December 14, 2009

Ayatollah’s Dilemma

It was almost 10 years ago, 1999, in which I was admitted to university. Ayatollah appeared almost frustrated on TV; his fans even more depressed, crying as though they had no other option. Sobbingly speaking, he said, “even if they burn my picture or tear it down, you should keep silent.” And the crowd burst into tears, frantically.

It certainly was a great development. The previously perceived sacredness seemed defenseless, at least temporarily. Whatever the reasons, Supreme Leader decided not to confront people’s angriness which demonstrated itself in publicly disrespecting him.

Perhaps Ayatollah used to think that his tolerance could work as a safety tube, sort of a painkiller that could help relieve some pain and calm down angry demonstrators. He was right in making sense of the role played by those kinds of acts. However, he certainly was not much familiar with Golden Rule of medicines: that painkillers can work no more than a limited period; and if the real cause is not to be cured, the patient shall need a stronger painkiller.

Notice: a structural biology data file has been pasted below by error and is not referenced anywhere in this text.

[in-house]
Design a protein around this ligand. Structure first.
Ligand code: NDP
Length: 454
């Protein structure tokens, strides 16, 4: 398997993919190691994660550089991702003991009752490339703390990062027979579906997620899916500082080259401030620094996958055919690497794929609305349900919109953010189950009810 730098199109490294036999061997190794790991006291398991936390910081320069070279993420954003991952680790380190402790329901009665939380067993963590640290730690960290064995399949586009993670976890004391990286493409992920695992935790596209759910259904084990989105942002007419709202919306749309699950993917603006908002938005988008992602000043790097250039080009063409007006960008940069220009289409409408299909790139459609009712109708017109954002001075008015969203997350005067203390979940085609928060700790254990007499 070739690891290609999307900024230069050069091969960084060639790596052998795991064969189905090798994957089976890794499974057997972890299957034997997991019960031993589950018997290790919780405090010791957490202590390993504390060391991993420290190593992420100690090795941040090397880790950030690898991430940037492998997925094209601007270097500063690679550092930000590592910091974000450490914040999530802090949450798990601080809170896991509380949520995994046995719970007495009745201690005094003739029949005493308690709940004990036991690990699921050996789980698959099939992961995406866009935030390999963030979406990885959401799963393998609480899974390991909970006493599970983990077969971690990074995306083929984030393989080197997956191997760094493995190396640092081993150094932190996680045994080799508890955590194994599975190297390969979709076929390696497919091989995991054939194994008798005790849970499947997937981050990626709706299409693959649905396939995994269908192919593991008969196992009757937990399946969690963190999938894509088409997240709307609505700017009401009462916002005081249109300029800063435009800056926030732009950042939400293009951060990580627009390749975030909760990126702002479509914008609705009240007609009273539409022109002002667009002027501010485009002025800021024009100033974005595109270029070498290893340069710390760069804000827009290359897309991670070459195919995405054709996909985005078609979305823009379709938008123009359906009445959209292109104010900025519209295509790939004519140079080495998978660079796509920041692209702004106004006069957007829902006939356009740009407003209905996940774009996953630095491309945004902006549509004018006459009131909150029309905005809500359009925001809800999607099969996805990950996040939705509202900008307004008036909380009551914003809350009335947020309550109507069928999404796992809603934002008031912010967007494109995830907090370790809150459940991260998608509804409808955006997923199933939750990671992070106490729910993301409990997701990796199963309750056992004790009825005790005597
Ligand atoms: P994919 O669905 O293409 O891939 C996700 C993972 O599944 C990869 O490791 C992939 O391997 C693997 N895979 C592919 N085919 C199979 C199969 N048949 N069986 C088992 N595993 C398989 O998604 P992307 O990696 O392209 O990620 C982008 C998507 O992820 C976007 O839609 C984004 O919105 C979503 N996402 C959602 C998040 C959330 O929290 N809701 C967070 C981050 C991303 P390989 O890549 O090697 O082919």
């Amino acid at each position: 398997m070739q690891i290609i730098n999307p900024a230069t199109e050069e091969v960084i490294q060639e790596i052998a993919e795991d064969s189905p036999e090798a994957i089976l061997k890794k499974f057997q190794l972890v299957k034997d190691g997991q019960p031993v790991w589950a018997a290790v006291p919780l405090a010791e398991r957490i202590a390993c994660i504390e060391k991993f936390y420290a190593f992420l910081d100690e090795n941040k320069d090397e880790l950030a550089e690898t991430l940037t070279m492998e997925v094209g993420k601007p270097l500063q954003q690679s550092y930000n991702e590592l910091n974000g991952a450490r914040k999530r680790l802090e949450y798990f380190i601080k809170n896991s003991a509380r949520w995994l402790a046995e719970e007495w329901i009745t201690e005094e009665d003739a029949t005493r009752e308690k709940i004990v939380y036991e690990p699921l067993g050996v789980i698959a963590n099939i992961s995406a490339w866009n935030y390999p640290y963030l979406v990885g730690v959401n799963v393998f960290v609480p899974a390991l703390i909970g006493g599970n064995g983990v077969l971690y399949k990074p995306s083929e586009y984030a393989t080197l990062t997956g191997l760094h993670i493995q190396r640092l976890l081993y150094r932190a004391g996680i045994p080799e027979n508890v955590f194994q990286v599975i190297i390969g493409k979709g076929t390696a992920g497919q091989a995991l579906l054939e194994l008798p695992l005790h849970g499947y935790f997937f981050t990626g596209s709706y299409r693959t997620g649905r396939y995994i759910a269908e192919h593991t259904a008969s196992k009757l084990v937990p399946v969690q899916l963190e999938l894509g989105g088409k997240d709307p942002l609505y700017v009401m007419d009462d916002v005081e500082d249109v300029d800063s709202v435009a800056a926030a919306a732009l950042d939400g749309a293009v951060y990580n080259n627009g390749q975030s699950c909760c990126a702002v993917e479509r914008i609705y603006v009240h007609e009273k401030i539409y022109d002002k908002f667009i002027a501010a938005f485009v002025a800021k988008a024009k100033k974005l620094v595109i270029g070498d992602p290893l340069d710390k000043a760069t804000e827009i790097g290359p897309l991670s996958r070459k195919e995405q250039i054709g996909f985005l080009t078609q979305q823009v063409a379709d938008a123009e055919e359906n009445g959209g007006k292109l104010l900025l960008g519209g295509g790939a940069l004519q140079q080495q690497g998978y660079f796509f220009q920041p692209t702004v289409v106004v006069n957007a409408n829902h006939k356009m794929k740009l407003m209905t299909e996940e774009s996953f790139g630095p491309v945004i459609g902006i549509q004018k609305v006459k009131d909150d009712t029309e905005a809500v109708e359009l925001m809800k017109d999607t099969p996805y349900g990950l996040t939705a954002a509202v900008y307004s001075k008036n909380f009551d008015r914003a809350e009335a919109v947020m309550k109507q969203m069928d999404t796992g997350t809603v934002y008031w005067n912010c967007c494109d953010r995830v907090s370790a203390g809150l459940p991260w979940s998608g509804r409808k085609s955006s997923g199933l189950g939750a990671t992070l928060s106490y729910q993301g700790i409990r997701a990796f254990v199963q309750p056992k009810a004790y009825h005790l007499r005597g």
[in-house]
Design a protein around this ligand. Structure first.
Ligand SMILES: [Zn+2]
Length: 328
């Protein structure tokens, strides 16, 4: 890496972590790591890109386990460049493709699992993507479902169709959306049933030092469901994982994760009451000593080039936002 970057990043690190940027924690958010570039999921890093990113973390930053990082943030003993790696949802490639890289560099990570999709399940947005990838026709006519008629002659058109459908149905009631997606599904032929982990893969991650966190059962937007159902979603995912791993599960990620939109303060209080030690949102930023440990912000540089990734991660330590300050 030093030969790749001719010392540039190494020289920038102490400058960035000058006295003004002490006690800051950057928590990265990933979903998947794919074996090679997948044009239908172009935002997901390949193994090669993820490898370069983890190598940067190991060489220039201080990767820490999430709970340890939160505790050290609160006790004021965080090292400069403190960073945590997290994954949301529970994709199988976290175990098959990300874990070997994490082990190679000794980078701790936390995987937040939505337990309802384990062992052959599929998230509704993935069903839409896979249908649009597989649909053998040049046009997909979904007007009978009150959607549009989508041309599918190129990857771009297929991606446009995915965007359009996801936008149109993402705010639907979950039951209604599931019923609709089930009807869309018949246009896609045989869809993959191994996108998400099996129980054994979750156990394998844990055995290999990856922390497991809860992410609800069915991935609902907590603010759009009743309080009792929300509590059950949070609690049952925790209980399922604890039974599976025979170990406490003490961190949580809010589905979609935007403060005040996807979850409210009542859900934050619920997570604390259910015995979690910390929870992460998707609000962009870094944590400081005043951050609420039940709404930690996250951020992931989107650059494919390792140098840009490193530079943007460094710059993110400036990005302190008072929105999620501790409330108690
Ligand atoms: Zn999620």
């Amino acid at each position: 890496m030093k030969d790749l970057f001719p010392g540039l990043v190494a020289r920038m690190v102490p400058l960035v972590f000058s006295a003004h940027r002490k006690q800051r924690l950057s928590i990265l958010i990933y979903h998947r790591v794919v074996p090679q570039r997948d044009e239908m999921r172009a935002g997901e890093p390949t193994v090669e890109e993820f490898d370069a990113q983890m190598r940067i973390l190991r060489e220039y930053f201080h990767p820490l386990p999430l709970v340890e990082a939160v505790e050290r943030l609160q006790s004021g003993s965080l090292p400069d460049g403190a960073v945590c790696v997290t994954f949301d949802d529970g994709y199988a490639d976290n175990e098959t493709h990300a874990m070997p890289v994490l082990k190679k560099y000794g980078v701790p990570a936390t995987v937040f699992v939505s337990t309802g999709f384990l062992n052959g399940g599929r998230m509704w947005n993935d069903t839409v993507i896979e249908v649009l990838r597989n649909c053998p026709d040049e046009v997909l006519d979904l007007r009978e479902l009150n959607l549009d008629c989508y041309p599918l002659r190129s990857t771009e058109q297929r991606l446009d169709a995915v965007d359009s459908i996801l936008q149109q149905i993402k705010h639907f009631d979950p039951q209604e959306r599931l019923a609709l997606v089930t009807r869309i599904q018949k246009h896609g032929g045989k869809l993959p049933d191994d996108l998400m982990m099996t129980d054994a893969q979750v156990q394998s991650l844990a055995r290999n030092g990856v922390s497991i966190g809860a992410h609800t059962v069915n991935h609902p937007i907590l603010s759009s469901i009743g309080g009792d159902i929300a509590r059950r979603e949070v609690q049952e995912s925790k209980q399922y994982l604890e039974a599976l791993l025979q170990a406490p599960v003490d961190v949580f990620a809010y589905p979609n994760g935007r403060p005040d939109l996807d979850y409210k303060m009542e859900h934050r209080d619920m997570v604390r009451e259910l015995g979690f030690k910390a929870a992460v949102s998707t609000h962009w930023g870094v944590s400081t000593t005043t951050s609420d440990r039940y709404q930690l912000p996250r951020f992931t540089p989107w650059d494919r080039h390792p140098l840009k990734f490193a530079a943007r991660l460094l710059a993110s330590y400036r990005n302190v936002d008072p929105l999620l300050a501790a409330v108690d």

10 years later, 2009. In demonstrations of Student Day, some people burnt a picture of Ayatollah Khomeini, late founder of Islamic Republic. The scene was aired several times on national TV. Many religious lecturers around the nation decried the event. Many demonstrations were arranged in which scores of people demanded heavy-handed response to the perpetrators. Interesting enough was that a poster of Ayatollah Khamenei was also torn down in those demonstrations and its captured scenes were aired along with those of Ayatollah Khomeini. And almost nobody paid a special attention to that. Publicly disrespecting the Supreme Leader had lost its effect, kind of a dead painkiller.

One might argue that IRI strategists are far away from realizing the current world, the age of information, in which basing a political system on sacredness no longer works. Some others might speak of Ayatollah’s dilemma; that neither forgiving the offense nor cracking it down can do him a favor. In my turn to speak, I just silently wonder what the painkiller of 2019 might be.